When I discovered a Texas zebra was attending a meeting in my area, we scheduled an afternoon together before her return flight home.  Over the past year, we have texted and spoken via phone, but I savored this rare moment to spend face time with her.

As she spoke, I couldn’t help but compare and contrast our lives.  She, a Texas zebra, whose diagnosis of Hypokalemic Periodic Paralysis, was confirmed at the young age of six. There was no need for extensive genetic testing, since her father and her sister already possessed this rare neuromuscular disease.  Texas zebra is around my age and our daughters are the same age too. Unfortunately, her daughter (and nephew) was diagnosed this summer.DNA

On the other hand, I was clinically diagnosed at age forty, based on my extensive journaling of symptoms and the adverse effect of certain foods, exercise, stress, etc. Unlike, Texas zebra, I am waiting on the results of genetic testing.

Texas zebra grew up with the rare condition and has assimilated well into adulthood; I was diagnosed as an adult.

I feel like Dorothy, who woke up in Oz, desperately clicking my red heels together to go back home to my previous life.

 

The morning after our meeting, I read these words “Jonathan went to David [in the desert] and helped him find strength in God” (1 Samuel 23:16). David was a man on the run, hiding out from the insane King Saul. Jonathan, Saul’s son and David’s best friend, came to him in the desert to provide encouragement and strength in God.

This Texas zebra was the Jonathan to my David. She met me in my desert place and provided my weary heart with encouragement and strength in God. We are relational people, not created to live in isolation. This was on Paul’s mind when he wrote, “that you and I be mutually encouraged by each other’s faith” (Romans 1:12).

God doesn’t call us to fix other peoples problems, but to walk with them. Click To Tweet

children-542104_1920 teddy bears friends PixabaySo often, we want to fix other people’s problems and if their problem is too big, we feel overwhelmed by their need. God doesn’t call us to fix other peoples problems, but to walk with them. Notice, Jonathan did not remove David from the desert; rather he spent time with him there and provided strength in God.

Are you in a desert place? God sees you and He cares for you. Seek refuge in Him and find comfort in the words penned by David (perhaps when he was in the desert), “You are my hiding place; you will protect me from trouble and surround me with songs of deliverance” (Psalm 32:7).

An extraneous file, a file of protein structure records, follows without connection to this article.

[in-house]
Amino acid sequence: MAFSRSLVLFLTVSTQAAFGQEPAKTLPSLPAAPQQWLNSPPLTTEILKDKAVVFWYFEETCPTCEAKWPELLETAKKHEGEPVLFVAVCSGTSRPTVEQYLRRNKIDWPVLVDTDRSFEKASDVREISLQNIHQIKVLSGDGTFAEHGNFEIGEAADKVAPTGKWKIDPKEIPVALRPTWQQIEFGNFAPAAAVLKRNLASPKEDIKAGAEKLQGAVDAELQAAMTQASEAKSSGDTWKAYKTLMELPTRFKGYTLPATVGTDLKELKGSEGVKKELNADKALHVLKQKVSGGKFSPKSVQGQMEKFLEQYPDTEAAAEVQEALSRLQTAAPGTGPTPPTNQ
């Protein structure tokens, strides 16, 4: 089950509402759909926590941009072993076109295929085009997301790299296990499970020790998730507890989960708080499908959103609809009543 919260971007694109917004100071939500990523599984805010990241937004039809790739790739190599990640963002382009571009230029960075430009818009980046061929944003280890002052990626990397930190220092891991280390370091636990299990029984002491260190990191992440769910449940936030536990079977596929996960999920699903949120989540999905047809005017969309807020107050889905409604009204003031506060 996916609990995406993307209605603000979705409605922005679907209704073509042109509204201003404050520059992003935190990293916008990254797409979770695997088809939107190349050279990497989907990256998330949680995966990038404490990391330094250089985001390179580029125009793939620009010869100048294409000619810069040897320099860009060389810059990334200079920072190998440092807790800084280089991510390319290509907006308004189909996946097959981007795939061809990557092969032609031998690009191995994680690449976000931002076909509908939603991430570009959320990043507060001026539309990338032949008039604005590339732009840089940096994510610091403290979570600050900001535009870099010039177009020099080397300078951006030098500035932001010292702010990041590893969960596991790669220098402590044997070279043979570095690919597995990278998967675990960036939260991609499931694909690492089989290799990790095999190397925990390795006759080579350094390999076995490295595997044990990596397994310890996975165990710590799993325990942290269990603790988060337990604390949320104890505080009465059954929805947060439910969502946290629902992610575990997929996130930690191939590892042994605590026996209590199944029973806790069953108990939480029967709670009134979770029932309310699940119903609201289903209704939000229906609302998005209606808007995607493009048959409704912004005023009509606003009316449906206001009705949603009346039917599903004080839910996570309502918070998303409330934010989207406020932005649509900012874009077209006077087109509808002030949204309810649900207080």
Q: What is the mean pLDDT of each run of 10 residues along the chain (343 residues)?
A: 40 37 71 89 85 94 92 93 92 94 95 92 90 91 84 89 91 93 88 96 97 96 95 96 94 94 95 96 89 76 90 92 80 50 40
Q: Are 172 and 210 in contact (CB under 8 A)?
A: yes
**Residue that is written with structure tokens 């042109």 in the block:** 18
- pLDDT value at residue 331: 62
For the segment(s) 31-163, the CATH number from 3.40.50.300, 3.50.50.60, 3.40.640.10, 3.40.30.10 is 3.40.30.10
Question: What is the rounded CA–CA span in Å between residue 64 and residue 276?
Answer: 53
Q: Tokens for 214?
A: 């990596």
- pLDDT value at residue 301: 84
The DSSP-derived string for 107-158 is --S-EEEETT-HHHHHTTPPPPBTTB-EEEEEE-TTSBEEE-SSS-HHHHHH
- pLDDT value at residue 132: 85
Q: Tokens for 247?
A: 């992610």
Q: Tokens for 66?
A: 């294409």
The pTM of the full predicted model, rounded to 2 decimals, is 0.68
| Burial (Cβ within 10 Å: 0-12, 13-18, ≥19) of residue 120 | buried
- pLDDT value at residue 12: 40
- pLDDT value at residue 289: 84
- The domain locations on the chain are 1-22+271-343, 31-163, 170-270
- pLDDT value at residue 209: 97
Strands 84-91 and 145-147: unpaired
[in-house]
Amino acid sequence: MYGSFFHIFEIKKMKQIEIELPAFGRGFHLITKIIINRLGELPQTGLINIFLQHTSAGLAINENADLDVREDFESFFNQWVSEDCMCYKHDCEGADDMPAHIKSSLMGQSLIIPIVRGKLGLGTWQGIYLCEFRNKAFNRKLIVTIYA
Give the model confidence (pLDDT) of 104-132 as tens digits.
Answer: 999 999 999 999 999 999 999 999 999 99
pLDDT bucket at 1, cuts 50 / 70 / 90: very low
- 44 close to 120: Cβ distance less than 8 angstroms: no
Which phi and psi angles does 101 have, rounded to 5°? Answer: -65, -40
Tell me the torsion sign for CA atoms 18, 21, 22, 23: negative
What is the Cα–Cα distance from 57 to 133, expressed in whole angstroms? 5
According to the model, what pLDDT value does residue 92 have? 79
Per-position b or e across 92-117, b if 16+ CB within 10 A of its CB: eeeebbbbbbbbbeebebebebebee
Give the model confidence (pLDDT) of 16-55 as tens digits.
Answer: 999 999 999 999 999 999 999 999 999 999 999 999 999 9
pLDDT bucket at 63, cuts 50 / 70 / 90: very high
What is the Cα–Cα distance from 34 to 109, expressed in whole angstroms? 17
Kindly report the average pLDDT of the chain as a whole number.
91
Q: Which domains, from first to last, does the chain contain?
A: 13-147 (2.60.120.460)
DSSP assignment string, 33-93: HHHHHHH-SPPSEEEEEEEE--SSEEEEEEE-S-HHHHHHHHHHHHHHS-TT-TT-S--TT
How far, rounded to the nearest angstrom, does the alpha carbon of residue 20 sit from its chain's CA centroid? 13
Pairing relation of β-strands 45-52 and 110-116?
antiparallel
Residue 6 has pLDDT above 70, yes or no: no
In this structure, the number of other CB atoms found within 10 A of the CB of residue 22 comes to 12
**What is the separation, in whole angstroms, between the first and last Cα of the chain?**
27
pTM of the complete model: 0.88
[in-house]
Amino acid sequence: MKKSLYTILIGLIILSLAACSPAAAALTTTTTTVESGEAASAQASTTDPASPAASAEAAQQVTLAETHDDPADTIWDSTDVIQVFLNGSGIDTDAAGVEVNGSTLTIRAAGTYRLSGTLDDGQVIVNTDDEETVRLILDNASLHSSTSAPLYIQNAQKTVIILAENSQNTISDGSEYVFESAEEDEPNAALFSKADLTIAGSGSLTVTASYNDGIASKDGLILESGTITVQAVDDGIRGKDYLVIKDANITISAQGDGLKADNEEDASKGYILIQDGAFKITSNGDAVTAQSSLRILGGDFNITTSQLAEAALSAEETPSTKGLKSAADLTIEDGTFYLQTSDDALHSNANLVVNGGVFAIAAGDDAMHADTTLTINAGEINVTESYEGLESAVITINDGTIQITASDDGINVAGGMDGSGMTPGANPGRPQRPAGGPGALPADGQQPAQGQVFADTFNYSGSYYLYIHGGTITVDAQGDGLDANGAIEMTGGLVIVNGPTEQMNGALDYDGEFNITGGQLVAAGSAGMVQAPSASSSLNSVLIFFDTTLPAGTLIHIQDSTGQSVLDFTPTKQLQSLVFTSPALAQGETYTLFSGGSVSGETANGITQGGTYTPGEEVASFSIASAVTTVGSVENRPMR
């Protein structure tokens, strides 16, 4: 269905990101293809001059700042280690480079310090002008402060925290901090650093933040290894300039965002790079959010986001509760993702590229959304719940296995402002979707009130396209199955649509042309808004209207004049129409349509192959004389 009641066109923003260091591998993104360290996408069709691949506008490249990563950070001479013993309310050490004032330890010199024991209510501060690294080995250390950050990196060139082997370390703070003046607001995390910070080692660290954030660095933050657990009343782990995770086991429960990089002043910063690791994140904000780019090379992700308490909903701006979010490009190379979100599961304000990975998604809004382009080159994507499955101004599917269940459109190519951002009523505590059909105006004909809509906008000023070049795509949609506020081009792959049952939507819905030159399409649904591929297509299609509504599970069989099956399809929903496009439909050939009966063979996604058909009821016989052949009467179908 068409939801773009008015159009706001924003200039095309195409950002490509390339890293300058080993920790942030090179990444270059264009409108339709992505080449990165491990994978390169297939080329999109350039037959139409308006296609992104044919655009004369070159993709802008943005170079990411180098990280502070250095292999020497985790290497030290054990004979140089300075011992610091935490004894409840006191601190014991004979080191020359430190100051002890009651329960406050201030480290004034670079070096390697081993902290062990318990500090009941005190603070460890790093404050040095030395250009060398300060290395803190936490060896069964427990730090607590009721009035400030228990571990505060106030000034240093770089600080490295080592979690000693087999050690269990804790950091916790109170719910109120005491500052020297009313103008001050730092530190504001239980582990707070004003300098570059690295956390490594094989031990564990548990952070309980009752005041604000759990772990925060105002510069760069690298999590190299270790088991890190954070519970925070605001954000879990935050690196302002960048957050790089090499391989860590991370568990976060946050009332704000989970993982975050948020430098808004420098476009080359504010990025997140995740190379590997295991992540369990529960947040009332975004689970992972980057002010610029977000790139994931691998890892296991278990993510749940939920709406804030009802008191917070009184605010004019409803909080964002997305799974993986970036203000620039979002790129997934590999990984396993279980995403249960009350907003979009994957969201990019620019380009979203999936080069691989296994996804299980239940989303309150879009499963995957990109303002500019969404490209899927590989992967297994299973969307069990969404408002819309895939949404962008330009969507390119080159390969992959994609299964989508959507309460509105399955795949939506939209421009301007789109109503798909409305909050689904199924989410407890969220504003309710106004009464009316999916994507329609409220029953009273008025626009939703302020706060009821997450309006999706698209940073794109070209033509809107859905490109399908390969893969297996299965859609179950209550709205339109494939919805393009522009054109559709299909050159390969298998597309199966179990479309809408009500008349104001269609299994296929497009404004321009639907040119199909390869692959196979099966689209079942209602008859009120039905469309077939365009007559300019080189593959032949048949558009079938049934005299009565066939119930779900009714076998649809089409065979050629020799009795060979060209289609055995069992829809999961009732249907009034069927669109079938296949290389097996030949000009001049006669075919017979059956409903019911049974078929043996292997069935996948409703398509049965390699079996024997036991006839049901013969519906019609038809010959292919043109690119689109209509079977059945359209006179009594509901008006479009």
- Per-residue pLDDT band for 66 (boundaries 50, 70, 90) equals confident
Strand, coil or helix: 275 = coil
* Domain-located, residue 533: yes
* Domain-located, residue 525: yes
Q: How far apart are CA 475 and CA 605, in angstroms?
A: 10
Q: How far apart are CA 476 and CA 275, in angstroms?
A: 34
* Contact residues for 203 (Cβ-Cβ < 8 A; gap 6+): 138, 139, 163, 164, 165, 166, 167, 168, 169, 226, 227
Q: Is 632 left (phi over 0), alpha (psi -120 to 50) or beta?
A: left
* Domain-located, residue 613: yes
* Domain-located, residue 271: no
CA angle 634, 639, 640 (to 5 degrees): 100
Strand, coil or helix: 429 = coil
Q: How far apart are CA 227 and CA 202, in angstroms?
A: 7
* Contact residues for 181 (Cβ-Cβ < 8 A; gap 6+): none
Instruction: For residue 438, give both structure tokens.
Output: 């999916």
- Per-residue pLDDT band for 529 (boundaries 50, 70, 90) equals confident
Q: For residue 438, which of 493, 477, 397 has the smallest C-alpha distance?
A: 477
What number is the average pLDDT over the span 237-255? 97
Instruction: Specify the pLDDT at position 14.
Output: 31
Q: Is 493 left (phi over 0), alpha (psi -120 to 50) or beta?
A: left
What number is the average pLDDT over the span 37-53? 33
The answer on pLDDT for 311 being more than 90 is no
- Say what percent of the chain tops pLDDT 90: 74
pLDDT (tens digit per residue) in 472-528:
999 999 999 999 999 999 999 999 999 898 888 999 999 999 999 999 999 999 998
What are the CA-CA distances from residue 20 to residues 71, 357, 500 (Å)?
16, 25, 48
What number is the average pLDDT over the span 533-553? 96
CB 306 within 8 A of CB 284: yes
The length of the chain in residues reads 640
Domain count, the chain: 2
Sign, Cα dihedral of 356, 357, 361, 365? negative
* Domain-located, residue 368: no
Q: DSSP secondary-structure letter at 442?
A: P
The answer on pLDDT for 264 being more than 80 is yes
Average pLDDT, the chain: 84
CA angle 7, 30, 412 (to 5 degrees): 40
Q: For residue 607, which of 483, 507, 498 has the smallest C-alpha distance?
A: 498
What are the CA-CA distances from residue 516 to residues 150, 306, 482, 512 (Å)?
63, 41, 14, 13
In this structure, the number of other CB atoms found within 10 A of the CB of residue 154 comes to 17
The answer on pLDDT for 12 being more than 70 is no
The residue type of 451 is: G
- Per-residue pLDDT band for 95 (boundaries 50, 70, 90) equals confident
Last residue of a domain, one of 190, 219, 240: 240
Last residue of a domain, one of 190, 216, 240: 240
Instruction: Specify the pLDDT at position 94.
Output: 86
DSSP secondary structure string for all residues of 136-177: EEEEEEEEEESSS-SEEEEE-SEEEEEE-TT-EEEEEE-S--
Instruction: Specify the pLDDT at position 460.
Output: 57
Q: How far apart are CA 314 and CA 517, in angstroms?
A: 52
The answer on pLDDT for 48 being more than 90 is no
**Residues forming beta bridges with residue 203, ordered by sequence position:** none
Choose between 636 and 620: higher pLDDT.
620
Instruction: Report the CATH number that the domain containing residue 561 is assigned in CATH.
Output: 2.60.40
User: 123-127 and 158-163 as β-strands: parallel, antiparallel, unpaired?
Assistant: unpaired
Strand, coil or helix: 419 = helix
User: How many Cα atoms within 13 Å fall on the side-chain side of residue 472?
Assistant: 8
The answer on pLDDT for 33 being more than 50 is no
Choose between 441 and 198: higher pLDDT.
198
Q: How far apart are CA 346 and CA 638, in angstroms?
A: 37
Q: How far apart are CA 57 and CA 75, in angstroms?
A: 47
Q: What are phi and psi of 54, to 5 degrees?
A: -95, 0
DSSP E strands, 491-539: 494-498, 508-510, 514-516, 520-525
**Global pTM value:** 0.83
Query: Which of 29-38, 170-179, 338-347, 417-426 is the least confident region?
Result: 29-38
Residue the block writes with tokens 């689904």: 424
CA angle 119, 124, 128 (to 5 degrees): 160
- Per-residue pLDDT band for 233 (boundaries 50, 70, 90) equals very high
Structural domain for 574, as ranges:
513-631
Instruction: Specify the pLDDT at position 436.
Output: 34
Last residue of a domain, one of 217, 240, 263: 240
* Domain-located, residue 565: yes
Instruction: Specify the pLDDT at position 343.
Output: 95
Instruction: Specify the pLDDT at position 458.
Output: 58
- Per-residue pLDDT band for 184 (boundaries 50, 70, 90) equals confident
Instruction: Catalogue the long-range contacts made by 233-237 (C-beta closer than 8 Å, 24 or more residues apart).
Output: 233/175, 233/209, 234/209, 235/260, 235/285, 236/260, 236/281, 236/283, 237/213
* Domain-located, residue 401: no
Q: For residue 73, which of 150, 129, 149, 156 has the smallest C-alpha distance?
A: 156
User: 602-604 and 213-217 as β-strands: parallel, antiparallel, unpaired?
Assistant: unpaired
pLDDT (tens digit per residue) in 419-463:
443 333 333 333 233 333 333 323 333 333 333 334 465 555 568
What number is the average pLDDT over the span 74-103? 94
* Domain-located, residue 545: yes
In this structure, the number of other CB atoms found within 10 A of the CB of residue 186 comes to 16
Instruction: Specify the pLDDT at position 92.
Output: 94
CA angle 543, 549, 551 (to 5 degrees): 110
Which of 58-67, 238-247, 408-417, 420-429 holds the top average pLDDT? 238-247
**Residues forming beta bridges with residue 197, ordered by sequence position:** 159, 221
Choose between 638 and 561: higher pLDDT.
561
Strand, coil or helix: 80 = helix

Have you been through the desert? I challenge you to reach out to someone in a desert place. Be their Jonathan and provide encouragement and strength in the Lord during this dry and weary season.

~April Dawn White

*All Scripture is NIV from Bible Gateway.  *Images courtesy of Pixabay.

© 2016 April Dawn White, All rights reserved

[1] http://emedicine.medscape.com/article/1171678-overview#a6

Would You Like Garlic Bread? Learning to Serve While Waiting on God

butler waiter server Pixabay“For who is greater, the one who is at the table or the one who serves? Is it not the one who is at the table? But I am among you as one who serves.” (Luke 22:27,NIV)

Recently I shared about having Faith While Waiting for Answers. A friend reminded me that in restaurant industry waiters are also called servers. She commented that we should be seeking ways to serve while we wait.

This notion of serving while waiting presented itself to me in a unique way this week. Our church youth group participated in a progressive dinner. When I learned the theme for the evening was Italian, I dropped off our son and left. I love pasta and bread, but unfortunately, this food combination will trigger an attack of Hypokalemic Periodic Paralysis.pasta Italian Pixabay

Driving home a gnawing feeling rose in the pit of my stomach. What Lord? I prayed. Is this really how you’ve been taught, if you can’t get benefit from an activity than you leave? Go to the preacher’s house. These words downloaded into my brain. I did not hear them audibly but the Holy Spirit was speaking directly to me. I answered back, Okay I’ll go to the preacher’s house (the third stop on the progressive dinner), but Lord if it is okay with you, I’m going to grab a bite to eat at home first.